BWW Review: THE HIDING PLACE World Premiere is Poignant & Powerful at A.D. Players
"I release you.
I release you.
I release you."
Is it possible to be released from the bondage of suffering, while still in the midst of it? How often does suffering-past or present--grasp hold of our entire being, making it near impossible to believe in the goodness around us? The World Premiere Adaption of THE HIDING PLACE asks us these questions, while simultaneously being an answer to them. Additionally, A.D. Players holds strong ties to the telling of this story. Founder Jeannette Clift George starred as Corrie ten Boom in the critically acclaimed film adaptation after working alongside Corrie to bring her to life on the screen. This heart-wrenching and enlightening play sets the tone for A.D. Players' 53rd Season-A Season of Hope.
THE HIDING PLACE chronicles the real-life experience of the ten Booms, a family of humble watchmakers living in Holland who find themselves tasked with sheltering Jewish individuals during the Holocaust. Corrie's father, Caspar ten Boom (James Belcher), willingly accepts these "marching orders" as instruction from God to open his household to all needing refuge, regardless of their difference in faith or them being strangers.
For years I have heard theatre defined as "Telling the truth under imaginary circumstances", and THE HIDING PLACE is one of the finest examples I have encountered. Playwright A.S Peterson adapted real-life Corrie's book of the same name to the stage in this production, which is also A.D. Players' first world premiere. Peterson approaches her story with a sincere spirit. His work does not exaggerate for the mere sake of drama, and rightfully so. Simultaneously, he does not water down the truth for the sake of making it an easier, more 'theatre-friendly' pill to swallow. Peterson skillfully sidesteps the danger of creating a historical caricature out of this story, and instead forms a retelling that presents these people as just that-people. People who in a time where the stakes were the very highest, chose to risk their own safety for the solace of others.
Nan Gurley was utterly brilliant as Corrie ten Boom, who guides the play through vignettes of her own memory. Nuanced, strong, and sincere, she brought each facet of Corrie to light onstage, honoring them all equally. Peterson gave Corrie's character an earnestly human voice, one that doubted, feared, and resented the evil she was surrounded with. Gurley took this written language and translated it into a fully expressive performance. She was simply true, and it was breathtaking.
In contrast to Corrie's tentative but willing response stands her unwaveringly kind sister, Betsie. The two complement and encourage one another through brutal circumstances as Betsie fights to convince Corrie of the goodness around her. Betsie, portrayed with warmth and grace by Celeste Roberts, trusts wholeheartedly in the spiritual journey of their suffering, though she too admits to fighting to maintain that belief. She acts as a spiritual beacon for others, reading scriptures to the other women in their camp and humbly distributing smuggled in hosts for communion.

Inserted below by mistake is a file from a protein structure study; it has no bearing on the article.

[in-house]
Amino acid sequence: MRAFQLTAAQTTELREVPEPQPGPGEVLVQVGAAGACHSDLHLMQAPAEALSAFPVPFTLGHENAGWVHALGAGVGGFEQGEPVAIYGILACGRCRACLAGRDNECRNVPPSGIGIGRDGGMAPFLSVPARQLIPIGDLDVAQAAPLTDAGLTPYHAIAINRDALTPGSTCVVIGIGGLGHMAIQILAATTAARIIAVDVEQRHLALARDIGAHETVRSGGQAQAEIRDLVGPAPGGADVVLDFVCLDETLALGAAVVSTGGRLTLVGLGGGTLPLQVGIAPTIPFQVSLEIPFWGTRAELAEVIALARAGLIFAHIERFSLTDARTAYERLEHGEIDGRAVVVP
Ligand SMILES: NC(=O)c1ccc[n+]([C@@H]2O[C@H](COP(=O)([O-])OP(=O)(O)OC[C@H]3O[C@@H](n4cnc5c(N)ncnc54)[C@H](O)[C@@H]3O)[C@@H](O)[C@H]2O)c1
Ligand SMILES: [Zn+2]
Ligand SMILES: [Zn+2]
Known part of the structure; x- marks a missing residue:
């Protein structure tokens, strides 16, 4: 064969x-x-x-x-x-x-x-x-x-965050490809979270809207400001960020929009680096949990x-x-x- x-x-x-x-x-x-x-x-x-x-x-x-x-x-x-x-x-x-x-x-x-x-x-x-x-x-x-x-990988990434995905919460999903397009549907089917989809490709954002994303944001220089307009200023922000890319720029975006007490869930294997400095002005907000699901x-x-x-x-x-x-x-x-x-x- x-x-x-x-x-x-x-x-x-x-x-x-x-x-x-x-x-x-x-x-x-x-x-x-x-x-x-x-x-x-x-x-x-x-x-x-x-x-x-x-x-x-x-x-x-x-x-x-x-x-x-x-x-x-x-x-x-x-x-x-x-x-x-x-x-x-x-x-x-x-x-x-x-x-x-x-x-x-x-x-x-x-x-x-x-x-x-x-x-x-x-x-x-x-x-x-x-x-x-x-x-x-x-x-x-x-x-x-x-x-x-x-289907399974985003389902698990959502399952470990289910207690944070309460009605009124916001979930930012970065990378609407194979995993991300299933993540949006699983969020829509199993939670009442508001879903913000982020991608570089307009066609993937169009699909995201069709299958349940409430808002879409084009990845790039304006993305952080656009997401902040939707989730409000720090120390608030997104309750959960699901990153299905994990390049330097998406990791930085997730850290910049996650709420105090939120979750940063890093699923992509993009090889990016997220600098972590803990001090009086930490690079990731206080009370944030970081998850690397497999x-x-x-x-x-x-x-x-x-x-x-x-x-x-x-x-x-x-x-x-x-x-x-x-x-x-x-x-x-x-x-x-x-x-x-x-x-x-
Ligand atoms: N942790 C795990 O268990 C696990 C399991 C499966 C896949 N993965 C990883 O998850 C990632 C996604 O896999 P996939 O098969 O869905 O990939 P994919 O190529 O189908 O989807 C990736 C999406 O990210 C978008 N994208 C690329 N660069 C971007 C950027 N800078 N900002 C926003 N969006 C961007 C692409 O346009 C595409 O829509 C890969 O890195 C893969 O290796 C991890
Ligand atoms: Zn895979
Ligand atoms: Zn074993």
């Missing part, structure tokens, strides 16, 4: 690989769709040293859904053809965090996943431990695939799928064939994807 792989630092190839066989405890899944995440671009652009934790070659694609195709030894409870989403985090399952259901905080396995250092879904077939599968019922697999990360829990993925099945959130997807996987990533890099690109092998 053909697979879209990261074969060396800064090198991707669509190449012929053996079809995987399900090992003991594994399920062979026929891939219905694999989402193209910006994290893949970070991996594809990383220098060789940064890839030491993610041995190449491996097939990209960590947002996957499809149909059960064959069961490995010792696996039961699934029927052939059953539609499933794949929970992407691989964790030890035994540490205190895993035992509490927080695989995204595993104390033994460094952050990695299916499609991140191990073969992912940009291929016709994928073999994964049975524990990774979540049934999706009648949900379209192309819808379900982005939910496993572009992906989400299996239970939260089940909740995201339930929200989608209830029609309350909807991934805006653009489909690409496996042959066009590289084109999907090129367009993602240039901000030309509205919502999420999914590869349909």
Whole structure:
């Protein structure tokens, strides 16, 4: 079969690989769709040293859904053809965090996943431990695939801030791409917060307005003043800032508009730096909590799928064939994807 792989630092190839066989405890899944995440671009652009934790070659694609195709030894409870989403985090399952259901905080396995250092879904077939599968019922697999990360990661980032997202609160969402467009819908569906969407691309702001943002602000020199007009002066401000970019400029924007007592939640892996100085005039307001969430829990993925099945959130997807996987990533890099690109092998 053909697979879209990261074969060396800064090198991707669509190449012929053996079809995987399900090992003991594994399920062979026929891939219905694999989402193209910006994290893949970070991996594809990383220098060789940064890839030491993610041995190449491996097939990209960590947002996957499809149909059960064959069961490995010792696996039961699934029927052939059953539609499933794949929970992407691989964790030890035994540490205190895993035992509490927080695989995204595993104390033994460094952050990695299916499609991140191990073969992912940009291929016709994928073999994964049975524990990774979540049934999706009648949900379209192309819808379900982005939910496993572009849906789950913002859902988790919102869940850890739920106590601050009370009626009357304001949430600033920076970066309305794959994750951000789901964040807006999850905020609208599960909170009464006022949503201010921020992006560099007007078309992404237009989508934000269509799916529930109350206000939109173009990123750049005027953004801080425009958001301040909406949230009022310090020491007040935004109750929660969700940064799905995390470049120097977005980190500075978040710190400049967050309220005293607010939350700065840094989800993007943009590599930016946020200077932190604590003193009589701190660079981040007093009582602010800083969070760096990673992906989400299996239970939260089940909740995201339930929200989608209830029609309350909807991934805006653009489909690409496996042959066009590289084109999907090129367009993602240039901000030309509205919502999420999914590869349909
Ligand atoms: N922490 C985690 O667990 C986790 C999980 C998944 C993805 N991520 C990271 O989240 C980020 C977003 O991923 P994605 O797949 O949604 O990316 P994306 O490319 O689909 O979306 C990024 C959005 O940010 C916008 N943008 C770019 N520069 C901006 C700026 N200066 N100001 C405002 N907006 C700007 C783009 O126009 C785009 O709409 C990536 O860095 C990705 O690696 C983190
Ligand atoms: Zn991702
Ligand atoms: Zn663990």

Another standout in the cast was the performance of Doug Atkins. Atkins portrays Otto, a German apprentice in the ten Boom's watchmaking shop who later becomes a Nazi lieutenant in the camp that Corrie and Betsie are taken to. Crude and harsh from the start, Otto is an example of personified evil throughout this story. While Atkins has been seen on several of Houston's stages in past seasons, I believe his performance in this acting-heavy and emotionally layered role defines him as a major player in the theatre scene.
Director Kevin Dean guides this piece from start to finish with a naturalistic and truthful touch, which along with Peterson's writing makes for an effective and poignant piece. Though the play contains very difficult, somber moments, Dean's direction avoids feeling heavy-handed or overdone. His staging especially shined in the closing scene, which brought Corrie's internal struggle full-circle in a final flashback that gave me shivers.
Kevin Rigdon's scenic and lighting design paired with Paige Willson's costuming lifted this story from what can feel like distant history into a tangible reality, assisting the audience in confronting the reality of these memories. Rigdon's designs grounded the history onstage in a quaint watchmaking shop, the obscured closet hiding place, and rows of rickety bunkbeds in a flea-ridden concentration camp. Additionally, the somber transition chords played between Corrie's flashbacks and various settings stood out in Michael Mullins' sound design.
There is no doubt that portions of this play were hard for me to watch, but I can assure you that the difficult moments are both worthwhile and essential. This is a tale of light overpowering the darkest of the dark, of goodness conquering wicked in the hearts of those that have experienced evil firsthand. As the curtain closed, the audience filed out of the theatre with a hushed reverence, as if to collectively honor the performance and give the ten Boom's courage the respect it deserves.
Photography Credit: Joey Watkins Photography
THE HIDING PLACE will run at A.D Players at The George Theater through October 13th. Performances are Wednesday - Sunday, running 2 hours and 35 minutes with a 20 minute intermission. Please visit adplayers.org or call the Box Office at 713-526-2721 for ticket information.